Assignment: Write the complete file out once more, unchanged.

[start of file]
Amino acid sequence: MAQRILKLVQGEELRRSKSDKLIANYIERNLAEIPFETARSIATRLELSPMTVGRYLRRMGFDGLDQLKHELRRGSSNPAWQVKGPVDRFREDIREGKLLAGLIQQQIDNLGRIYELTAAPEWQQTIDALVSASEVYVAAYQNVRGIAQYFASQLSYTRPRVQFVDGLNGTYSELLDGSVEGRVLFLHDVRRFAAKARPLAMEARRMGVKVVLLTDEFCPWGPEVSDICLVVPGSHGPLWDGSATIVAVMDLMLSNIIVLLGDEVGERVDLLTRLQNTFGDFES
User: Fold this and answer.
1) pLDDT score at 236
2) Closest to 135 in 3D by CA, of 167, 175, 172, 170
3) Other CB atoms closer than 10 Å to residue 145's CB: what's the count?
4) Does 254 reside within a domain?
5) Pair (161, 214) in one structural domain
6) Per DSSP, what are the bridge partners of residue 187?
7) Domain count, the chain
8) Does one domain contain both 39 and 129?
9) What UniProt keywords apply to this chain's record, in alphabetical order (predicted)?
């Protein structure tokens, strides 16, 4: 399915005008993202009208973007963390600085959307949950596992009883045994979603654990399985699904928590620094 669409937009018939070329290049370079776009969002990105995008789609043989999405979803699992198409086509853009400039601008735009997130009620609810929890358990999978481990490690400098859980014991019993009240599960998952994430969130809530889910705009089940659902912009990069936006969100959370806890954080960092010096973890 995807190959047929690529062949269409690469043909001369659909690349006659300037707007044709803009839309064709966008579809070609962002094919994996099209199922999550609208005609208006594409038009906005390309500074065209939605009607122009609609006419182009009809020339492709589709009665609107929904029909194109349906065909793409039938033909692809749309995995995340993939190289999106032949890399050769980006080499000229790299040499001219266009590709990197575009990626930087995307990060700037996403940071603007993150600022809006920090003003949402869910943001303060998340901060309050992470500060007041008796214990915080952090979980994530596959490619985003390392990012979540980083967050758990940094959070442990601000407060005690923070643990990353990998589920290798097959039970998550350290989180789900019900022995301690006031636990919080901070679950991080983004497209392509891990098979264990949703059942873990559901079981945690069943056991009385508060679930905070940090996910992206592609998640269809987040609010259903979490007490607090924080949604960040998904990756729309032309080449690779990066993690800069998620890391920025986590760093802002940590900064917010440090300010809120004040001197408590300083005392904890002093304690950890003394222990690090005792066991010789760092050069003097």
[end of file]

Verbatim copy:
Amino acid sequence: MAQRILKLVQGEELRRSKSDKLIANYIERNLAEIPFETARSIATRLELSPMTVGRYLRRMGFDGLDQLKHELRRGSSNPAWQVKGPVDRFREDIREGKLLAGLIQQQIDNLGRIYELTAAPEWQQTIDALVSASEVYVAAYQNVRGIAQYFASQLSYTRPRVQFVDGLNGTYSELLDGSVEGRVLFLHDVRRFAAKARPLAMEARRMGVKVVLLTDEFCPWGPEVSDICLVVPGSHGPLWDGSATIVAVMDLMLSNIIVLLGDEVGERVDLLTRLQNTFGDFES
User: Fold this and answer.
1) pLDDT score at 236
2) Closest to 135 in 3D by CA, of 167, 175, 172, 170
3) Other CB atoms closer than 10 Å to residue 145's CB: what's the count?
4) Does 254 reside within a domain?
5) Pair (161, 214) in one structural domain
6) Per DSSP, what are the bridge partners of residue 187?
7) Domain count, the chain
8) Does one domain contain both 39 and 129?
9) What UniProt keywords apply to this chain's record, in alphabetical order (predicted)?
């Protein structure tokens, strides 16, 4: 399915005008993202009208973007963390600085959307949950596992009883045994979603654990399985699904928590620094 669409937009018939070329290049370079776009969002990105995008789609043989999405979803699992198409086509853009400039601008735009997130009620609810929890358990999978481990490690400098859980014991019993009240599960998952994430969130809530889910705009089940659902912009990069936006969100959370806890954080960092010096973890 995807190959047929690529062949269409690469043909001369659909690349006659300037707007044709803009839309064709966008579809070609962002094919994996099209199922999550609208005609208006594409038009906005390309500074065209939605009607122009609609006419182009009809020339492709589709009665609107929904029909194109349906065909793409039938033909692809749309995995995340993939190289999106032949890399050769980006080499000229790299040499001219266009590709990197575009990626930087995307990060700037996403940071603007993150600022809006920090003003949402869910943001303060998340901060309050992470500060007041008796214990915080952090979980994530596959490619985003390392990012979540980083967050758990940094959070442990601000407060005690923070643990990353990998589920290798097959039970998550350290989180789900019900022995301690006031636990919080901070679950991080983004497209392509891990098979264990949703059942873990559901079981945690069943056991009385508060679930905070940090996910992206592609998640269809987040609010259903979490007490607090924080949604960040998904990756729309032309080449690779990066993690800069998620890391920025986590760093802002940590900064917010440090300010809120004040001197408590300083005392904890002093304690950890003394222990690090005792066991010789760092050069003097």